Some people were more supportive, but they were the wrong kind:
Because my findings refuted the writings of Gould, a left-leaning anti-racist Jew, I was celebrated in hate-filled white supremacist web pages, such as davidduke.com and stormfront.org. My work was grossly misquoted in a series of papers by J. Philippe Rushton, a proponent of eugenics from University of Western Ontario. In 2002, he served as the president of the Pioneer Fund, which the Southern Law Poverty Center designated as a “White Nationalist” group because it continues to fund the study of “breeding superior human beings that was discredited by various Nazi atrocities.” I have written this paper in part to document my strong displeasure that my work was used to promote eugenics or racist ideology, which I in no way support. (Michael, 2013a)
Yes, supporters can be as problematic as detractors. But a scientific finding is not invalidated because its supporters are the wrong kind of people. It stands or falls on its own merits. Also, the Southern Law Poverty Center is hardly an impartial source.
John Michael was ultimately vindicated when the Lewis et al. paper came out two years ago. Yet, even then, he never got the credit he deserved, as may be seen in a Natureeditorial that raised the possibility of an improper relationship between Lewis’ research team and the University of Pennsylvania:
Of course, Lewis and his colleagues have their own motivations. Several in the group have an association with the University of Pennsylvania, and have an interest in seeing the valuable but understudied skull collection freed from the stigma of bias (Anon, 2011)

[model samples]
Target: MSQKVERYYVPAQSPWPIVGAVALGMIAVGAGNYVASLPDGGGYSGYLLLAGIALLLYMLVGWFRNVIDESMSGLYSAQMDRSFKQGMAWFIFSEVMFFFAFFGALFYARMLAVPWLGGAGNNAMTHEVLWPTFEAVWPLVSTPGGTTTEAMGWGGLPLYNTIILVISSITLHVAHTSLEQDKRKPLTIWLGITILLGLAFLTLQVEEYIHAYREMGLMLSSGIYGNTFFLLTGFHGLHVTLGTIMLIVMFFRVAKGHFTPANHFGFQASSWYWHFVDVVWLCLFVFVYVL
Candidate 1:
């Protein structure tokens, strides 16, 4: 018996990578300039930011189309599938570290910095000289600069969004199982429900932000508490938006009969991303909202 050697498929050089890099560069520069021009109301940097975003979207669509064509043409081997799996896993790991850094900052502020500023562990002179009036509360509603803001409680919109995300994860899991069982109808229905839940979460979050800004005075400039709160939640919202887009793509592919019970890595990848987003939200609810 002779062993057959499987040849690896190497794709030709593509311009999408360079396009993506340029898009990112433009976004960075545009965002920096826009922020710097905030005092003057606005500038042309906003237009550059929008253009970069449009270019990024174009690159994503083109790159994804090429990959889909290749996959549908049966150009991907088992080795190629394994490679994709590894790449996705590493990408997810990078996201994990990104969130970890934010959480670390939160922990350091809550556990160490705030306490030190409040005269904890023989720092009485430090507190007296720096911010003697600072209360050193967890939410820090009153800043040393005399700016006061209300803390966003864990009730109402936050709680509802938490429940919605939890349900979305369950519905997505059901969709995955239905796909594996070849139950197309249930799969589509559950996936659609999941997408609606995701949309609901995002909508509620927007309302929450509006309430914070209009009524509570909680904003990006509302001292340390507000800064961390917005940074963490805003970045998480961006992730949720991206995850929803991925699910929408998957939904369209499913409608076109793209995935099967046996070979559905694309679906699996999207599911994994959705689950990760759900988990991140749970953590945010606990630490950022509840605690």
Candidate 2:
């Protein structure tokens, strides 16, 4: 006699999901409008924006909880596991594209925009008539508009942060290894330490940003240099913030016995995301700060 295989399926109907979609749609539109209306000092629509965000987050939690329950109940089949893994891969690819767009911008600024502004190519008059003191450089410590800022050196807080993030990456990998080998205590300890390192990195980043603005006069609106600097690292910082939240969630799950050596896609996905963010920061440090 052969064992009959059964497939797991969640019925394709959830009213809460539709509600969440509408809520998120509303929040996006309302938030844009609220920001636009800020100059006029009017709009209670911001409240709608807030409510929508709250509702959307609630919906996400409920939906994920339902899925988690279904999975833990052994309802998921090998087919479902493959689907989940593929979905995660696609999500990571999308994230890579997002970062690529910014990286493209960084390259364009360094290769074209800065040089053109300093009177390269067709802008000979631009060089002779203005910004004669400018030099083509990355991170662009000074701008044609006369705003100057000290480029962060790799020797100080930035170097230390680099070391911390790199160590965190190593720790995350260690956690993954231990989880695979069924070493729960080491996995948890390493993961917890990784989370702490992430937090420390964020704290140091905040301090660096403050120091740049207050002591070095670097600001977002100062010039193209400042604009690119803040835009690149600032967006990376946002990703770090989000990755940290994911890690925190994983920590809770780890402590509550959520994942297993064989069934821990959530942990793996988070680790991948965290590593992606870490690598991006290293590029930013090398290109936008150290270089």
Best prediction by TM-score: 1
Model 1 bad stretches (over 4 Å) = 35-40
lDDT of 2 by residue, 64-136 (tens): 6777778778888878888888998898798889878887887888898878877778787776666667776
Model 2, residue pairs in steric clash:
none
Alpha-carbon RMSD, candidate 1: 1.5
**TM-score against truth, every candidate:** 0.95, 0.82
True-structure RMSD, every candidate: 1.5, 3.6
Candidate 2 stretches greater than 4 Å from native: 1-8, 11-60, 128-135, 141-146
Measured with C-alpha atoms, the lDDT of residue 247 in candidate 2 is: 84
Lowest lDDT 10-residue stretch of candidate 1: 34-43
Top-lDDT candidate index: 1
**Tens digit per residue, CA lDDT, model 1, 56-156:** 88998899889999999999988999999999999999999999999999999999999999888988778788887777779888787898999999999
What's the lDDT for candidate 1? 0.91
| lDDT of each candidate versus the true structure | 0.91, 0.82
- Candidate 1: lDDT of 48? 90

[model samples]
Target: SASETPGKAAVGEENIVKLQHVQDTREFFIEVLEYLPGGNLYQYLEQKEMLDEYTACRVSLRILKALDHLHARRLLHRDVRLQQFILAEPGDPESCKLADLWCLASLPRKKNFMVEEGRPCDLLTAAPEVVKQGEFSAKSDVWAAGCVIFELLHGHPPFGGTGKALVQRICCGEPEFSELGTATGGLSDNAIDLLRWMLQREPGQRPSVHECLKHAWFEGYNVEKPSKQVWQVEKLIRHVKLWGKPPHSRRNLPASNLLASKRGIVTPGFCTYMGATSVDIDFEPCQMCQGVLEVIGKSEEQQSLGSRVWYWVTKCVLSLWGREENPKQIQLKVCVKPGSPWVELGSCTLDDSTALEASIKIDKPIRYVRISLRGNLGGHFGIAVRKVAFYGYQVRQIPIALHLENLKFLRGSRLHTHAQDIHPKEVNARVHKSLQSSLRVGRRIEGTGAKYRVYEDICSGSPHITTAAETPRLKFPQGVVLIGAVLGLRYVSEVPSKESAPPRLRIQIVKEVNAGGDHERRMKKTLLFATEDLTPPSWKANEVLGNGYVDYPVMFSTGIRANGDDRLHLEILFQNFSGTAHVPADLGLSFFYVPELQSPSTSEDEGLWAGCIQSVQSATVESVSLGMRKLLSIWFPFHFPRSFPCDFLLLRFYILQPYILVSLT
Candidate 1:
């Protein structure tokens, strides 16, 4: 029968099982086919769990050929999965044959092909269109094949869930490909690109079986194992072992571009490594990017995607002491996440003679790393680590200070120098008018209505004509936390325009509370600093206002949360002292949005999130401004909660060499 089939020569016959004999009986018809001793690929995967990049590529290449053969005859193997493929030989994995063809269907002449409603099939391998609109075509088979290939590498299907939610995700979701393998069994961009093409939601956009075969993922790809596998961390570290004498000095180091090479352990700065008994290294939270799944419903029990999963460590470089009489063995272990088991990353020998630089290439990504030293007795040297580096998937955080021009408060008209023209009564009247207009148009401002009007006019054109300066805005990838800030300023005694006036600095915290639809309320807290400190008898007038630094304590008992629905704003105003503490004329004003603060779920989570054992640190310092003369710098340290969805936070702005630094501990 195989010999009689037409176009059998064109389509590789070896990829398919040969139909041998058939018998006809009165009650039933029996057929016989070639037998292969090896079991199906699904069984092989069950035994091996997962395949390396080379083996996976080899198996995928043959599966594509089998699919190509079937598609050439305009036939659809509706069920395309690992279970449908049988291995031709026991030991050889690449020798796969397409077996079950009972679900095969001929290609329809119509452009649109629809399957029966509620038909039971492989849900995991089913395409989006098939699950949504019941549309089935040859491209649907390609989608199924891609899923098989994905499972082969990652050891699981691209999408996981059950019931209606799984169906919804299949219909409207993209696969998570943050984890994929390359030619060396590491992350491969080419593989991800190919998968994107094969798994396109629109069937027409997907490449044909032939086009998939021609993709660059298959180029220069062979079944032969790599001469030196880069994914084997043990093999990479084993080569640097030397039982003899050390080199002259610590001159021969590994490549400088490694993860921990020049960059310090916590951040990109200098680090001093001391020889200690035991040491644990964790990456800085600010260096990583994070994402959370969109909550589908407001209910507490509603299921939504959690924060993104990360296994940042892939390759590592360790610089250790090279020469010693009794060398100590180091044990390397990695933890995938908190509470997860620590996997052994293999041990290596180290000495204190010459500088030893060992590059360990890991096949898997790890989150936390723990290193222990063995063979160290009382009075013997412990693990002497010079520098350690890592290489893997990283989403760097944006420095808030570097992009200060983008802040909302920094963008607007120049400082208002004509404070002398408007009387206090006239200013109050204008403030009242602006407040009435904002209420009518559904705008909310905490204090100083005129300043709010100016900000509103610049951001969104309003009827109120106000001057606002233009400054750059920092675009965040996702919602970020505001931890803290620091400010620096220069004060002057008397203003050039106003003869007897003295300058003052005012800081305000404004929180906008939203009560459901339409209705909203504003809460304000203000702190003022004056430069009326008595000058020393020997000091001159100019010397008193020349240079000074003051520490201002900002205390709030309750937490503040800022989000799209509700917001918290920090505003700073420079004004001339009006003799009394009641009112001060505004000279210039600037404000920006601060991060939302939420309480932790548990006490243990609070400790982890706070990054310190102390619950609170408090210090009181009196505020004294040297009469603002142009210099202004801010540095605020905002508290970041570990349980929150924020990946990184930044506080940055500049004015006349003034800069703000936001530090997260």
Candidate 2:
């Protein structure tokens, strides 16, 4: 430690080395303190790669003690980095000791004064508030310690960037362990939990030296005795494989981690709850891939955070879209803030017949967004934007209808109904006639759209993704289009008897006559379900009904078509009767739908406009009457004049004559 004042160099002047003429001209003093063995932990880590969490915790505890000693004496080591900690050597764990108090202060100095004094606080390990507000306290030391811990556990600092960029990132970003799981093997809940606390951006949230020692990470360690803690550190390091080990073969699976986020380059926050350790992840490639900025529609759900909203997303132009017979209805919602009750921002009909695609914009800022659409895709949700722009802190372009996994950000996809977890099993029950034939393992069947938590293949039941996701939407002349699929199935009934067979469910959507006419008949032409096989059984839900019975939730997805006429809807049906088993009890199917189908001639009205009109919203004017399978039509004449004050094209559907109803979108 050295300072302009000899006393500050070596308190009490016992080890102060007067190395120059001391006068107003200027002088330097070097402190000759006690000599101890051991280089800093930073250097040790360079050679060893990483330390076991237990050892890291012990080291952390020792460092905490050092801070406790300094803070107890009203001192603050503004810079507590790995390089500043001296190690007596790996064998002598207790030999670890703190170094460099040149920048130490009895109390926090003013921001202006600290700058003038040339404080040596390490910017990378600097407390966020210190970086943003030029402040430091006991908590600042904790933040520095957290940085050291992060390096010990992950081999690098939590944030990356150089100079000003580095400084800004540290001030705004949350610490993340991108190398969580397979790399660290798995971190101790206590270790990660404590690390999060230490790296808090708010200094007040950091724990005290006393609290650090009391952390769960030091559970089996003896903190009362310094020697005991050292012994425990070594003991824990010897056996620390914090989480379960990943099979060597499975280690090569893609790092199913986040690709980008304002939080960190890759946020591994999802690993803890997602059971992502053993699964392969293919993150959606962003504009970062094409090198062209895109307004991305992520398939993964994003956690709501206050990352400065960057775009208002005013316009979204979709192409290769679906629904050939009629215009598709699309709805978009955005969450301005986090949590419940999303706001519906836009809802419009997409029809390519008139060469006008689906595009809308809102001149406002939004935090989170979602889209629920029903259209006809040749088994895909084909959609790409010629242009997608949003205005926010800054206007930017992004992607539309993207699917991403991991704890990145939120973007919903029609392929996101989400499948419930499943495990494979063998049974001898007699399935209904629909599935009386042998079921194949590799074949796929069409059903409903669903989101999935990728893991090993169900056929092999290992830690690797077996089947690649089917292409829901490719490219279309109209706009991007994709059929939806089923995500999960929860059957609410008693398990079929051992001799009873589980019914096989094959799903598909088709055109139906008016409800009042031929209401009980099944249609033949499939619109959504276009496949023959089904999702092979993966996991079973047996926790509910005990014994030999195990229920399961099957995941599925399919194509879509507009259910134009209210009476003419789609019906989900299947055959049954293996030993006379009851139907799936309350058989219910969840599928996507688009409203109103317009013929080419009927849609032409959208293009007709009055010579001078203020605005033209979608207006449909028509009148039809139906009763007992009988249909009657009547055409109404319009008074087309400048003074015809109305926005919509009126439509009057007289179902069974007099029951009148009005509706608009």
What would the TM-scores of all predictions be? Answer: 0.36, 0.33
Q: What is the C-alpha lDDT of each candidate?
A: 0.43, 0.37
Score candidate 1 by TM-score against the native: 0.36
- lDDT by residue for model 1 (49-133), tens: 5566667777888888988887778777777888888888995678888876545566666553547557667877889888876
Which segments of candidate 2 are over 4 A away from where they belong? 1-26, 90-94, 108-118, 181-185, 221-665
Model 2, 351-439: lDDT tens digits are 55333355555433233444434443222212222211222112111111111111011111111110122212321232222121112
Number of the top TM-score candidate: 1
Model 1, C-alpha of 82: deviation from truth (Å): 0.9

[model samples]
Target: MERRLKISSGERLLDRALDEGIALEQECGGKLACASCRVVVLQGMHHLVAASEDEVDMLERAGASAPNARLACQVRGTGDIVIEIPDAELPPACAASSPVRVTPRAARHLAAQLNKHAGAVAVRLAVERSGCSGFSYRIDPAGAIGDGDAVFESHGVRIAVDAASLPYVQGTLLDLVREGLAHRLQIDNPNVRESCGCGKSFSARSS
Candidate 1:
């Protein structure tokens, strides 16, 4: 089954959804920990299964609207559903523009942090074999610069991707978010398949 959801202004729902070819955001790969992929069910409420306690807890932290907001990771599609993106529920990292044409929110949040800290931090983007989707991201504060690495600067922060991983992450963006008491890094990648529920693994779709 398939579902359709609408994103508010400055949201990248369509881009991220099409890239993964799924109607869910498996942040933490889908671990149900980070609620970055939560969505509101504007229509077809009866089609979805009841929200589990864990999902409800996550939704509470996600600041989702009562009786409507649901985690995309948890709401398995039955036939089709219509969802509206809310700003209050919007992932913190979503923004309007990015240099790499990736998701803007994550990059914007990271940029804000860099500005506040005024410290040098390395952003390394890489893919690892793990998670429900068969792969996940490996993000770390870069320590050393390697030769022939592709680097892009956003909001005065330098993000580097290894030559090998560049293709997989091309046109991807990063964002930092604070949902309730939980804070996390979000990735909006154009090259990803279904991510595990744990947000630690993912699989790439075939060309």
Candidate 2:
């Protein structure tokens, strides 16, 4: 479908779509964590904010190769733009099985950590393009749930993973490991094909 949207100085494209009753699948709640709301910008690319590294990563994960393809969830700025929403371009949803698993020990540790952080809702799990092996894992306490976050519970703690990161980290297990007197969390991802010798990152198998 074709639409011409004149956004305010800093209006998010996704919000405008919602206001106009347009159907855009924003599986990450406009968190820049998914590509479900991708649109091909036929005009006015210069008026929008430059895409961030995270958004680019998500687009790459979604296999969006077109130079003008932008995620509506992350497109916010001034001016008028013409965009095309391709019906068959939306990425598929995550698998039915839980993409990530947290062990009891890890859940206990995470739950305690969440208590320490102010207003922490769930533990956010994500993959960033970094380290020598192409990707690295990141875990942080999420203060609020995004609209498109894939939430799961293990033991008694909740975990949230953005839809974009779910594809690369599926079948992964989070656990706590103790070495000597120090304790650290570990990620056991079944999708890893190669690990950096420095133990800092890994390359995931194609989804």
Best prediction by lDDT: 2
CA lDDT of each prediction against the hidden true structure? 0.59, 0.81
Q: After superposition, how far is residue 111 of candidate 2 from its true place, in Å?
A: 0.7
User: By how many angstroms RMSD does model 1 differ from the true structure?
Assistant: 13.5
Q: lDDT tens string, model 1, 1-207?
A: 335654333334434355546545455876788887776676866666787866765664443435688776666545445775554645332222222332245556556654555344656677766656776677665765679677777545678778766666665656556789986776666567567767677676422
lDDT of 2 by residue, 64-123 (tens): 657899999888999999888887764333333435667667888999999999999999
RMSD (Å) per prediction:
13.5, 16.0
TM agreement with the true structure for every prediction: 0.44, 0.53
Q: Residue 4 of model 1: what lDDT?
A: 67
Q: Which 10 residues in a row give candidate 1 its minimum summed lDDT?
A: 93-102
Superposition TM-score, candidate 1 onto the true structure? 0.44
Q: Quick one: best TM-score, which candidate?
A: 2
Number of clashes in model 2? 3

No evidence is provided for this curious accusation. In any case, Gould’s fudging had originally been revealed by someone from another university and from another state. But who remembers?
John Michael found himself in an unequal battle. As a graduate student he was challenging not only an Ivy League professor but also a leading antiracist crusader. It didn’t really matter whether Gould was telling the truth or not. There was something bigger at stake—the war on racism. And that war had to be won.
John indeed “missed the point.” By insisting too much on truth, he was being at best naïve and at worst a willing accomplice of racism—by far a greater evil than falsehood. This was how many well-meaning people saw things in the late 20th century.
Anon. (2011). Mismeasure for mismeasure, Nature, 474, 419.http://www.nature.com/nature/journal/v474/n7352/full/474419a.html
Gould S.J. (1981). The Mismeasure of Man. New York: W. W. Norton and Company.
Gould, S.J. (1978). Morton’s ranking of races by cranial capacity: unconscious manipulation of data may be a scientific norm, Science, 200, 503–509.
Kitcher, P. (2004). Evolutionary Theory and the Social Uses of Biology, Biology and Philosophy, 19, 13-14.
Lewis, J.E., D. DeGusta, M.R. Meyer, J.M. Monge, A.E. Mann, and R.L. Holloway. (2011). The Mismeasure of Science: Stephen Jay Gould versus Samuel George Morton on Skulls and Bias, PLoS Biology, 9(6) e1001071
Michael, J.S. (2013a). Stephen Jay Gould and Samuel George Morton: A Personal Commentary, June 7, Michael1988.comhttp://michael1988.com/?p=114
Michael, J.S. (2013b). Stephen Jay Gould and Samuel George Morton: A Personal Commentary, Part 4, June. 14, Michael1988.comhttp://michael1988.com/?p=203
Michael, J.S. (1988). A new look at Morton’s craniological research, Current Anthropology, 29, 349–354.